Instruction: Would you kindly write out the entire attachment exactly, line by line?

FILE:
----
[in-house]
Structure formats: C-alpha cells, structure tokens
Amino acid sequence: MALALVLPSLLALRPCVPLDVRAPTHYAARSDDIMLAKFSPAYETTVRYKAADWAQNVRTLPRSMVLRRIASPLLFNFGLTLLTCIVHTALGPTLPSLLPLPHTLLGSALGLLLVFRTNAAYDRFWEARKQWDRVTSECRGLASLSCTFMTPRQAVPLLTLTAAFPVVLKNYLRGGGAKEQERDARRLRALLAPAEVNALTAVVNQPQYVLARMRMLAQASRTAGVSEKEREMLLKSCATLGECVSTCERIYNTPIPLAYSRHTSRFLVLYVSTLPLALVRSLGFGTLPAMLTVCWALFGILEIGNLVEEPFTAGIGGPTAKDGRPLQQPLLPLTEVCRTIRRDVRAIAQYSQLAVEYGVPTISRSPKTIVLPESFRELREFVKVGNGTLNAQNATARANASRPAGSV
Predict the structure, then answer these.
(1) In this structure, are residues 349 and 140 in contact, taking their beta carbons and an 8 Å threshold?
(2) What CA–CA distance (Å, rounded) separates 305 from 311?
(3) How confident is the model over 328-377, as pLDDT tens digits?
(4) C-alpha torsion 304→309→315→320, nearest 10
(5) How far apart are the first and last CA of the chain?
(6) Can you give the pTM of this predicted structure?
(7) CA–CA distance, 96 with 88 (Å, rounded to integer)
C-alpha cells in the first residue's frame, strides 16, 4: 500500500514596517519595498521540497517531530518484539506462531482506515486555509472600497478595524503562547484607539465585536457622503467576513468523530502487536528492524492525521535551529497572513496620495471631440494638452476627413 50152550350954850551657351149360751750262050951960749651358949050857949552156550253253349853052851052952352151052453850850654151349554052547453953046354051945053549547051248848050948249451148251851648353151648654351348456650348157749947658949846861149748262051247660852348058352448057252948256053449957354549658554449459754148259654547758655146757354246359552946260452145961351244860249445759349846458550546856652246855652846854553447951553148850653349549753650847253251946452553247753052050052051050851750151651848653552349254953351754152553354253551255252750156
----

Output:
[in-house]
Structure formats: C-alpha cells, structure tokens
Amino acid sequence: MALALVLPSLLALRPCVPLDVRAPTHYAARSDDIMLAKFSPAYETTVRYKAADWAQNVRTLPRSMVLRRIASPLLFNFGLTLLTCIVHTALGPTLPSLLPLPHTLLGSALGLLLVFRTNAAYDRFWEARKQWDRVTSECRGLASLSCTFMTPRQAVPLLTLTAAFPVVLKNYLRGGGAKEQERDARRLRALLAPAEVNALTAVVNQPQYVLARMRMLAQASRTAGVSEKEREMLLKSCATLGECVSTCERIYNTPIPLAYSRHTSRFLVLYVSTLPLALVRSLGFGTLPAMLTVCWALFGILEIGNLVEEPFTAGIGGPTAKDGRPLQQPLLPLTEVCRTIRRDVRAIAQYSQLAVEYGVPTISRSPKTIVLPESFRELREFVKVGNGTLNAQNATARANASRPAGSV
Predict the structure, then answer these.
(1) In this structure, are residues 349 and 140 in contact, taking their beta carbons and an 8 Å threshold?
(2) What CA–CA distance (Å, rounded) separates 305 from 311?
(3) How confident is the model over 328-377, as pLDDT tens digits?
(4) C-alpha torsion 304→309→315→320, nearest 10
(5) How far apart are the first and last CA of the chain?
(6) Can you give the pTM of this predicted structure?
(7) CA–CA distance, 96 with 88 (Å, rounded to integer)
C-alpha cells in the first residue's frame, strides 16, 4: 500500500514596517519595498521540497517531530518484539506462531482506515486555509472600497478595524503562547484607539465585536457622503467576513468523530502487536528492524492525521535551529497572513496620495471631440494638452476627413 50152550350954850551657351149360751750262050951960749651358949050857949552156550253253349853052851052952352151052453850850654151349554052547453953046354051945053549547051248848050948249451148251851648353151648654351348456650348157749947658949846861149748262051247660852348058352448057252948256053449957354549658554449459754148259654547758655146757354246359552946260452145961351244860249445759349846458550546856652246855652846854553447951553148850653349549753650847253251946452553247753052050052051050851750151651848653552349254953351754152553354253551255252750156